Recent revelations that billionaire Warren Buffett has given over $1.2 billion dollars to abortion groups seems to tell a story on its own. Unlike a normal person who can contribute to an organization on a limited basis, the ultra-wealthy have the ability to radically affect trends, results and opinions with their influence. Even the smallest voice can be booming when backed with stacks of hard currency. Buffett’s contribution to the slaying of the unborn might make him the single most powerful enemy they have.
Buffett’s cash contributions to the industry are the equivalent of 2.7 million abortions performed in the first trimester. To equate that in terms one can understand, Chicago Illinois has the same amount of people living in it. The two atomic bombings of Japan in Nagasaki and Hiroshima, which are considered devastating losses of human life, totaled 225,000 casualties combined. The amount of death Warren Buffet’s cash can fund are truly astronomical, even when compared to nuclear bombs.
When settlements for wrongful death or injury are settled in a court, many times lost wages, that is the supposed amount of earned income the injured would have made in an average working lifespan, are calculated. There is an automatic assumption of a person’s potential that is tabulated; even in a monetary way, people have value.
For some reason the pro-choice side of the abortion argument never sees the potential of a human life down the road. Aborted children are systematically labeled as unwanted or accidental, and all the lives that never were, are never given a speck of potential for the future. Warren Buffett has wielded his tremendous wealth like a sword, and eliminated every ounce of potential that ever could be for millions of lives.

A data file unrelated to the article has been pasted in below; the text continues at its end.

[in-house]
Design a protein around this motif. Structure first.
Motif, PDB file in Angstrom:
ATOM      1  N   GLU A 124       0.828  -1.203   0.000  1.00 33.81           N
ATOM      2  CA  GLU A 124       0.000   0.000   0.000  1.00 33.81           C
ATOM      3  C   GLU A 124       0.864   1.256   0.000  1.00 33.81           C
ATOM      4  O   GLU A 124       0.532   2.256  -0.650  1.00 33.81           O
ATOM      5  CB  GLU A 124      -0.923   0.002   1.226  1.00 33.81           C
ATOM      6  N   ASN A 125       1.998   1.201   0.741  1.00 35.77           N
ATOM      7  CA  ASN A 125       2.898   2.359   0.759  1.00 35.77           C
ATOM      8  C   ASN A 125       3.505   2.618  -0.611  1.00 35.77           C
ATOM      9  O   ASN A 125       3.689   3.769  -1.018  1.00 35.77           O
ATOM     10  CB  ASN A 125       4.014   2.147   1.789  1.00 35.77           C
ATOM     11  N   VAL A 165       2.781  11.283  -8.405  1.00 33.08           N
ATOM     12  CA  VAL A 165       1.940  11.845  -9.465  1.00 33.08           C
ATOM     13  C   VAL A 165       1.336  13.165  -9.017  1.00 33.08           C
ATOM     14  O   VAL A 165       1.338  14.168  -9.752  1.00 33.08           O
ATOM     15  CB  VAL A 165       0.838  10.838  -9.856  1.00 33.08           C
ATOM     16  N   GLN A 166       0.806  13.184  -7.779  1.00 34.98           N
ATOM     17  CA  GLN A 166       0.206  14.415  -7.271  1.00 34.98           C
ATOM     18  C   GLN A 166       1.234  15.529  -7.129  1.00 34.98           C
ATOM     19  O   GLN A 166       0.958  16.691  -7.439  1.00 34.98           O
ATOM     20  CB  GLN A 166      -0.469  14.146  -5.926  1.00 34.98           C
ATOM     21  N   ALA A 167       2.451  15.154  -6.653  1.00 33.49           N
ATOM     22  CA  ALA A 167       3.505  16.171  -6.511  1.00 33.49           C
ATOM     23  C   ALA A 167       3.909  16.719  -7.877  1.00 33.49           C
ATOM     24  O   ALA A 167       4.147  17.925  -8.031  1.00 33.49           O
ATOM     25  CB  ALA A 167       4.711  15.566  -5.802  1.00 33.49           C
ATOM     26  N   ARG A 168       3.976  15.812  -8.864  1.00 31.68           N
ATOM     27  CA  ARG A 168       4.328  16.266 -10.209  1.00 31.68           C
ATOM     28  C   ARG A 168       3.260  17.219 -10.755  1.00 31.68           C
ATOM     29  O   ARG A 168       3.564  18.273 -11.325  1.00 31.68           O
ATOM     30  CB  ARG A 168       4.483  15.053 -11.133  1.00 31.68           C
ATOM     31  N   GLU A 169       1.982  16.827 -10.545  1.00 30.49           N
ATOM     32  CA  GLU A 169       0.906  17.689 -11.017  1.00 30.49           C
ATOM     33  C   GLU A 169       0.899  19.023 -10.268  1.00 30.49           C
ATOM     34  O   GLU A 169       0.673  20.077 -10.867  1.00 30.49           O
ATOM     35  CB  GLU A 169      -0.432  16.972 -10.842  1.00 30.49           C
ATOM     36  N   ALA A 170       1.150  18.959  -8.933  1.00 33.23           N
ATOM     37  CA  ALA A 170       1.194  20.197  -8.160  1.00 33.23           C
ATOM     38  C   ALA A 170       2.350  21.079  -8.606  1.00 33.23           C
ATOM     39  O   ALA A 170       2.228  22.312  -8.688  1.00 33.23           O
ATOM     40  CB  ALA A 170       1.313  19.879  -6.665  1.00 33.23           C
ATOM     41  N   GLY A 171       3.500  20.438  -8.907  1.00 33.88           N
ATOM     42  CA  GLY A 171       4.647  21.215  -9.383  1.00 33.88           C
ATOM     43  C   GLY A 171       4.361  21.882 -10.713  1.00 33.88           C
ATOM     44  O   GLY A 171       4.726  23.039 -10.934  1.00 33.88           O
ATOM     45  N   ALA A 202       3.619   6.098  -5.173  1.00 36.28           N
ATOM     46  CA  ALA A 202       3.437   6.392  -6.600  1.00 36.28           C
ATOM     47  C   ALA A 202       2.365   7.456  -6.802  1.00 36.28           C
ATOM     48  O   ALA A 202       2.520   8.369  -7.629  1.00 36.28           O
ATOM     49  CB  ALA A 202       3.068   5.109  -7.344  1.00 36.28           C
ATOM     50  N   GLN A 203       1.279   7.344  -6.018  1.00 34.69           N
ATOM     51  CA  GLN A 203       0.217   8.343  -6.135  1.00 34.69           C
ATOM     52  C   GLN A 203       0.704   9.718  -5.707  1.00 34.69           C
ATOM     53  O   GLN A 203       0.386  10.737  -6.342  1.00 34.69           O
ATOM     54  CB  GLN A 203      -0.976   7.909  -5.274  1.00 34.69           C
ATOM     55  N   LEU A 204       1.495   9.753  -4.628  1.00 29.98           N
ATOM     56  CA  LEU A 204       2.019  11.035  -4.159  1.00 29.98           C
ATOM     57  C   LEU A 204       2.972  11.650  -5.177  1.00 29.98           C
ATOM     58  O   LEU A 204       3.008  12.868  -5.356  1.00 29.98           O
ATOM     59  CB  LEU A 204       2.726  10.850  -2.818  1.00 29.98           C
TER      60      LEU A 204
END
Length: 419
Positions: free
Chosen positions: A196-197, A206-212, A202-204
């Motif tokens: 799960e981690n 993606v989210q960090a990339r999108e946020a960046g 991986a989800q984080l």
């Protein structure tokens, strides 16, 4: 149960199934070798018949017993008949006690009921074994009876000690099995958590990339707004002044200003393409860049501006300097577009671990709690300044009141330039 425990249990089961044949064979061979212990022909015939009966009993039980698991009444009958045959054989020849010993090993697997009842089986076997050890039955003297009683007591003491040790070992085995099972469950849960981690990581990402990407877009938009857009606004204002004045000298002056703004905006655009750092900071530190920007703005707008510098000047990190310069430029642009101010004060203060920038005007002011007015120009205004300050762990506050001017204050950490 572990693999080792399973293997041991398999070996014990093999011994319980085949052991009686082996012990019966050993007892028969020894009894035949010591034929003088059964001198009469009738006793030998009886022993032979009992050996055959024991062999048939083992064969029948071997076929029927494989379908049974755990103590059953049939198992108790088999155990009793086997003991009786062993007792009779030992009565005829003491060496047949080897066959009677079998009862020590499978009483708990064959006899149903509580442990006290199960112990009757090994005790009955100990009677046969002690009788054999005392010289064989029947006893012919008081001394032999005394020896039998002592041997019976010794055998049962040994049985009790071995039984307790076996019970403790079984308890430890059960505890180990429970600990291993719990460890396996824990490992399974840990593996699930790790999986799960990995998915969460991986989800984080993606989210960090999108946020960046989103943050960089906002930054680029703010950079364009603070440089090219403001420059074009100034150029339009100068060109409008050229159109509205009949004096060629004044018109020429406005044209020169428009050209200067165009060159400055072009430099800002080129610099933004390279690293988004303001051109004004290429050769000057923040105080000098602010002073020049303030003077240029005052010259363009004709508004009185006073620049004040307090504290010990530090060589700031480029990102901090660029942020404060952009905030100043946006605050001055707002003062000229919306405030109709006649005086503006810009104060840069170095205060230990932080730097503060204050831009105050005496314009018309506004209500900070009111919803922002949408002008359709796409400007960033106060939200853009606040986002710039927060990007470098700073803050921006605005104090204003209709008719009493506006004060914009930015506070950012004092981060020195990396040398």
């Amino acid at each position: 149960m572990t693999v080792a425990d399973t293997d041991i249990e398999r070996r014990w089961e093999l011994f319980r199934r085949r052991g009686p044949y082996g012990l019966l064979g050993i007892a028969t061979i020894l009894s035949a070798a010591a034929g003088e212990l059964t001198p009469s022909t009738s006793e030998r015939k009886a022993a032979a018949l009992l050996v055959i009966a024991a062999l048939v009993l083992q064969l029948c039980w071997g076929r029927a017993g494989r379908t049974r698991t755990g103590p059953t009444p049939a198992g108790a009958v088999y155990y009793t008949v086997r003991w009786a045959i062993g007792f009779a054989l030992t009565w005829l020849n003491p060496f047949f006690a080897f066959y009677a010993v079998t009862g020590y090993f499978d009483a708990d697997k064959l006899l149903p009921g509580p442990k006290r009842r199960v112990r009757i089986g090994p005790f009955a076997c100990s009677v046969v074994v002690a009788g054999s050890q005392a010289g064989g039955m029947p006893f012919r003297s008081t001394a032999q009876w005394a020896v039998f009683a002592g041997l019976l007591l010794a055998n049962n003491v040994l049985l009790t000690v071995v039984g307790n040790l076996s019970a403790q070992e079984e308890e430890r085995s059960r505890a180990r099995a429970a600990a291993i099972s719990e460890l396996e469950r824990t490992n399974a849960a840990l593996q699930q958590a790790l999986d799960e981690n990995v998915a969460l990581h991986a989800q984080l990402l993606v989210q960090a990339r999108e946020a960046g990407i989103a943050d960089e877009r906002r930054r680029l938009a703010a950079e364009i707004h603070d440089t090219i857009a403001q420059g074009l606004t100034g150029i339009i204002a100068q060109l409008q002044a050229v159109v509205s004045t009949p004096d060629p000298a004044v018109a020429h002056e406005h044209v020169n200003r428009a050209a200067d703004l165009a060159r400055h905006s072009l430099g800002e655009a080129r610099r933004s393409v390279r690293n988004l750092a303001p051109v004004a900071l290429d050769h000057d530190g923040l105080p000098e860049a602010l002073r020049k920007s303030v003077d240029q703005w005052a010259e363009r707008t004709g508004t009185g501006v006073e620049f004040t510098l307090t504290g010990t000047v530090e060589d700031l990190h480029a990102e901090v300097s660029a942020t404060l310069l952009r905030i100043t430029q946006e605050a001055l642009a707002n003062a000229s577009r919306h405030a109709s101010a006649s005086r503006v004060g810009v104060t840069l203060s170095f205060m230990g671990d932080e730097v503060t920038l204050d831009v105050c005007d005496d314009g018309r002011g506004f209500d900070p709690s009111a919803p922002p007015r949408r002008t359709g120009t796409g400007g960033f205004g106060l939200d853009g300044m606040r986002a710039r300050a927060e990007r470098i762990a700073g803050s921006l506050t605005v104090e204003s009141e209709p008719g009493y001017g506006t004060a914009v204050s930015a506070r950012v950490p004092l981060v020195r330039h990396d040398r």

Strangely, many in the “billionaire club” seem to share a vision of the world with each other. Bill Gates, arguably the richest man on the planet, along with fellow billionaires, Ted Turner, Oprah Winfrey, George Soros, Michael Bloomberg, David Rockefeller and of course Warren Buffett, congregated to conspire using their vast wealth to bring the world’s population under control.
At the meeting, Bill Gates outlined a plan to stop the global population at 8.3 billion; about a billion less than currently projected. This would mean stopping or controlling people from having children at an alarming rate. The determining factors as to who decides who gets to have children or not was not revealed in the Times article, but with private citizens discussing such ideologies and being backed with the kind of riches they have access to, they could be a potential families most powerful enemy.
The real problem is that when populations are discussed as detrimental, it is the poor and underdeveloped that are being referred to most often. The wealthy and relatively unproductive populous of Malibu for example, for all their combined net worth, don’t do much for the average person. The projected image of being important and productive seems to give them a higher status. In reality the average teacher, struggling to make ends meet, probably has a greater impact on daily life.
Having the kind of wealth that they do, Warren Buffett and the other billionaires seem to have elevated themselves to a position that can change the way people live. Unfortunately this does not mean they necessarily have people’s best interests in mind, but rather their own ideological visions of how things should be, irrespective of who is affected.
So many talented and dynamic people from our history might never have been if the likes of these powerful enemies to life and freedom of choice had their way generations ago. In fact, it might have been their voice that had been silenced before it had a chance to speak, and the perspective of that should make them stop and think. Warren Buffett is getting older, and should have a lot to reflect on, but wealth does strange things to people, and can turn successful innovators into a powerful enemy.
Opinion by J. Benjamin